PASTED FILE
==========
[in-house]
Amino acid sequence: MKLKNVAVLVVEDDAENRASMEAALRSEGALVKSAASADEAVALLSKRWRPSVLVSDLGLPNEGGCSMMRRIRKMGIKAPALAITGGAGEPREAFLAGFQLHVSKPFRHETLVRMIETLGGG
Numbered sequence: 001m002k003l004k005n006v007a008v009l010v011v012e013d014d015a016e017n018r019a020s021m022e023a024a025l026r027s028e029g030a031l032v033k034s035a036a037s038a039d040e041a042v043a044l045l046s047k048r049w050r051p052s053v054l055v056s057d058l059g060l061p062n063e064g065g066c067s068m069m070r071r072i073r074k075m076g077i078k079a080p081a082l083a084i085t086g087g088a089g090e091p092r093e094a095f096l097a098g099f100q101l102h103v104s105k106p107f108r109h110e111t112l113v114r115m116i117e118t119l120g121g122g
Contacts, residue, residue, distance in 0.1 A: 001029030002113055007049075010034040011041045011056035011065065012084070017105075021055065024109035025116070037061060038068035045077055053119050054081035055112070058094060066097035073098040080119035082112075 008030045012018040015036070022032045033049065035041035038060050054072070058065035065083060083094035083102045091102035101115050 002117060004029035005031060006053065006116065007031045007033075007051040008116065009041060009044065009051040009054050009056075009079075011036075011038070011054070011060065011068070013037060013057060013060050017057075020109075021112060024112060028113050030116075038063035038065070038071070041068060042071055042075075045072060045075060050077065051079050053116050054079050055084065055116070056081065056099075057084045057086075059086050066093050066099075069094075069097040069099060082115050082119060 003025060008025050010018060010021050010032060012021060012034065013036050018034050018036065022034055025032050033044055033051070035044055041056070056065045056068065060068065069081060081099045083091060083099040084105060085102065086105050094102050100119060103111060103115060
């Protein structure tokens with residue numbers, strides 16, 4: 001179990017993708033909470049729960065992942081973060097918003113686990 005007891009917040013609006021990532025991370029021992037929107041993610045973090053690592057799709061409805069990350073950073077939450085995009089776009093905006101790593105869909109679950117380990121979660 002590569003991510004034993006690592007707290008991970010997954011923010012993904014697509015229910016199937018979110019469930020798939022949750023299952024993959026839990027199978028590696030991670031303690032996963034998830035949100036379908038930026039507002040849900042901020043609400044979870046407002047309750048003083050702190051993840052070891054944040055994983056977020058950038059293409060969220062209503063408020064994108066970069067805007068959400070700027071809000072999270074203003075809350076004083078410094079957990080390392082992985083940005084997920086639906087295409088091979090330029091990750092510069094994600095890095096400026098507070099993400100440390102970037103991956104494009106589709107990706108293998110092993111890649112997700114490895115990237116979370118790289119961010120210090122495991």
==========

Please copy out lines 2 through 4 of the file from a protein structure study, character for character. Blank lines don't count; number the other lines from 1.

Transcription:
Amino acid sequence: MKLKNVAVLVVEDDAENRASMEAALRSEGALVKSAASADEAVALLSKRWRPSVLVSDLGLPNEGGCSMMRRIRKMGIKAPALAITGGAGEPREAFLAGFQLHVSKPFRHETLVRMIETLGGG
Numbered sequence: 001m002k003l004k005n006v007a008v009l010v011v012e013d014d015a016e017n018r019a020s021m022e023a024a025l026r027s028e029g030a031l032v033k034s035a036a037s038a039d040e041a042v043a044l045l046s047k048r049w050r051p052s053v054l055v056s057d058l059g060l061p062n063e064g065g066c067s068m069m070r071r072i073r074k075m076g077i078k079a080p081a082l083a084i085t086g087g088a089g090e091p092r093e094a095f096l097a098g099f100q101l102h103v104s105k106p107f108r109h110e111t112l113v114r115m116i117e118t119l120g121g122g
Contacts, residue, residue, distance in 0.1 A: 001029030002113055007049075010034040011041045011056035011065065012084070017105075021055065024109035025116070037061060038068035045077055053119050054081035055112070058094060066097035073098040080119035082112075 008030045012018040015036070022032045033049065035041035038060050054072070058065035065083060083094035083102045091102035101115050 002117060004029035005031060006053065006116065007031045007033075007051040008116065009041060009044065009051040009054050009056075009079075011036075011038070011054070011060065011068070013037060013057060013060050017057075020109075021112060024112060028113050030116075038063035038065070038071070041068060042071055042075075045072060045075060050077065051079050053116050054079050055084065055116070056081065056099075057084045057086075059086050066093050066099075069094075069097040069099060082115050082119060 003025060008025050010018060010021050010032060012021060012034065013036050018034050018036065022034055025032050033044055033051070035044055041056070056065045056068065060068065069081060081099045083091060083099040084105060085102065086105050094102050100119060103111060103115060